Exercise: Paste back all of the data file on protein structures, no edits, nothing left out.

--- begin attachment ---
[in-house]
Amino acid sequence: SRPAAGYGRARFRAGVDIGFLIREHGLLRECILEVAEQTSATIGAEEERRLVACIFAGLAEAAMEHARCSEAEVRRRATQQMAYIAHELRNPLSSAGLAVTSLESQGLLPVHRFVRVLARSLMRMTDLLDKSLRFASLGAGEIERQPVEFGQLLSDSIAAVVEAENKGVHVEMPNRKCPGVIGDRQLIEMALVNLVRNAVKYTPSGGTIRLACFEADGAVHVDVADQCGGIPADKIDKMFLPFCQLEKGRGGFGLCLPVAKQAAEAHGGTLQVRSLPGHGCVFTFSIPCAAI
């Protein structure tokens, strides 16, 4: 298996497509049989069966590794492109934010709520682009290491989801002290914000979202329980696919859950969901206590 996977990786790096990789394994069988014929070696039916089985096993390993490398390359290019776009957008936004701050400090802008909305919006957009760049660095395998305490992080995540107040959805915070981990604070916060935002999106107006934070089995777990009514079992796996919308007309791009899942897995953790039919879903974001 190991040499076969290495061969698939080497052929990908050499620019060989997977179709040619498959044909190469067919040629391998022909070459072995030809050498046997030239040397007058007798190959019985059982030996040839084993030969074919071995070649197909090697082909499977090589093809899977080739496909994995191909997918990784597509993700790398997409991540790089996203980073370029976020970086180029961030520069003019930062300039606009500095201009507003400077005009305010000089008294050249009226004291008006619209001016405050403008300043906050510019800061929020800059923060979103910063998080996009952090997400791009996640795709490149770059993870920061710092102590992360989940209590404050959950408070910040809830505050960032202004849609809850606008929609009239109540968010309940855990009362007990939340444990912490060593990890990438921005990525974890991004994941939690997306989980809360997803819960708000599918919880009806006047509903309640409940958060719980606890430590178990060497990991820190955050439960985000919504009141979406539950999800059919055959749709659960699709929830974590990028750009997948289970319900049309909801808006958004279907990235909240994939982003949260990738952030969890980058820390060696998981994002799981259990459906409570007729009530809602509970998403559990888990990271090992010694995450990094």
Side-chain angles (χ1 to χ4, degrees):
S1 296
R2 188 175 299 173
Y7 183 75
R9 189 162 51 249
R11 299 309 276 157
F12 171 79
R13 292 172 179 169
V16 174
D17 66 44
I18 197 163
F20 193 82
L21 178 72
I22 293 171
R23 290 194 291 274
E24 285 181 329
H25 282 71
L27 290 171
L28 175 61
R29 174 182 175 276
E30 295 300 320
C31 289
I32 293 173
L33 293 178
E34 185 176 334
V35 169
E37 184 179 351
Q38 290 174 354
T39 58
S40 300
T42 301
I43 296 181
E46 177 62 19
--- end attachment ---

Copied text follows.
[in-house]
Amino acid sequence: SRPAAGYGRARFRAGVDIGFLIREHGLLRECILEVAEQTSATIGAEEERRLVACIFAGLAEAAMEHARCSEAEVRRRATQQMAYIAHELRNPLSSAGLAVTSLESQGLLPVHRFVRVLARSLMRMTDLLDKSLRFASLGAGEIERQPVEFGQLLSDSIAAVVEAENKGVHVEMPNRKCPGVIGDRQLIEMALVNLVRNAVKYTPSGGTIRLACFEADGAVHVDVADQCGGIPADKIDKMFLPFCQLEKGRGGFGLCLPVAKQAAEAHGGTLQVRSLPGHGCVFTFSIPCAAI
């Protein structure tokens, strides 16, 4: 298996497509049989069966590794492109934010709520682009290491989801002290914000979202329980696919859950969901206590 996977990786790096990789394994069988014929070696039916089985096993390993490398390359290019776009957008936004701050400090802008909305919006957009760049660095395998305490992080995540107040959805915070981990604070916060935002999106107006934070089995777990009514079992796996919308007309791009899942897995953790039919879903974001 190991040499076969290495061969698939080497052929990908050499620019060989997977179709040619498959044909190469067919040629391998022909070459072995030809050498046997030239040397007058007798190959019985059982030996040839084993030969074919071995070649197909090697082909499977090589093809899977080739496909994995191909997918990784597509993700790398997409991540790089996203980073370029976020970086180029961030520069003019930062300039606009500095201009507003400077005009305010000089008294050249009226004291008006619209001016405050403008300043906050510019800061929020800059923060979103910063998080996009952090997400791009996640795709490149770059993870920061710092102590992360989940209590404050959950408070910040809830505050960032202004849609809850606008929609009239109540968010309940855990009362007990939340444990912490060593990890990438921005990525974890991004994941939690997306989980809360997803819960708000599918919880009806006047509903309640409940958060719980606890430590178990060497990991820190955050439960985000919504009141979406539950999800059919055959749709659960699709929830974590990028750009997948289970319900049309909801808006958004279907990235909240994939982003949260990738952030969890980058820390060696998981994002799981259990459906409570007729009530809602509970998403559990888990990271090992010694995450990094």
Side-chain angles (χ1 to χ4, degrees):
S1 296
R2 188 175 299 173
Y7 183 75
R9 189 162 51 249
R11 299 309 276 157
F12 171 79
R13 292 172 179 169
V16 174
D17 66 44
I18 197 163
F20 193 82
L21 178 72
I22 293 171
R23 290 194 291 274
E24 285 181 329
H25 282 71
L27 290 171
L28 175 61
R29 174 182 175 276
E30 295 300 320
C31 289
I32 293 173
L33 293 178
E34 185 176 334
V35 169
E37 184 179 351
Q38 290 174 354
T39 58
S40 300
T42 301
I43 296 181
E46 177 62 19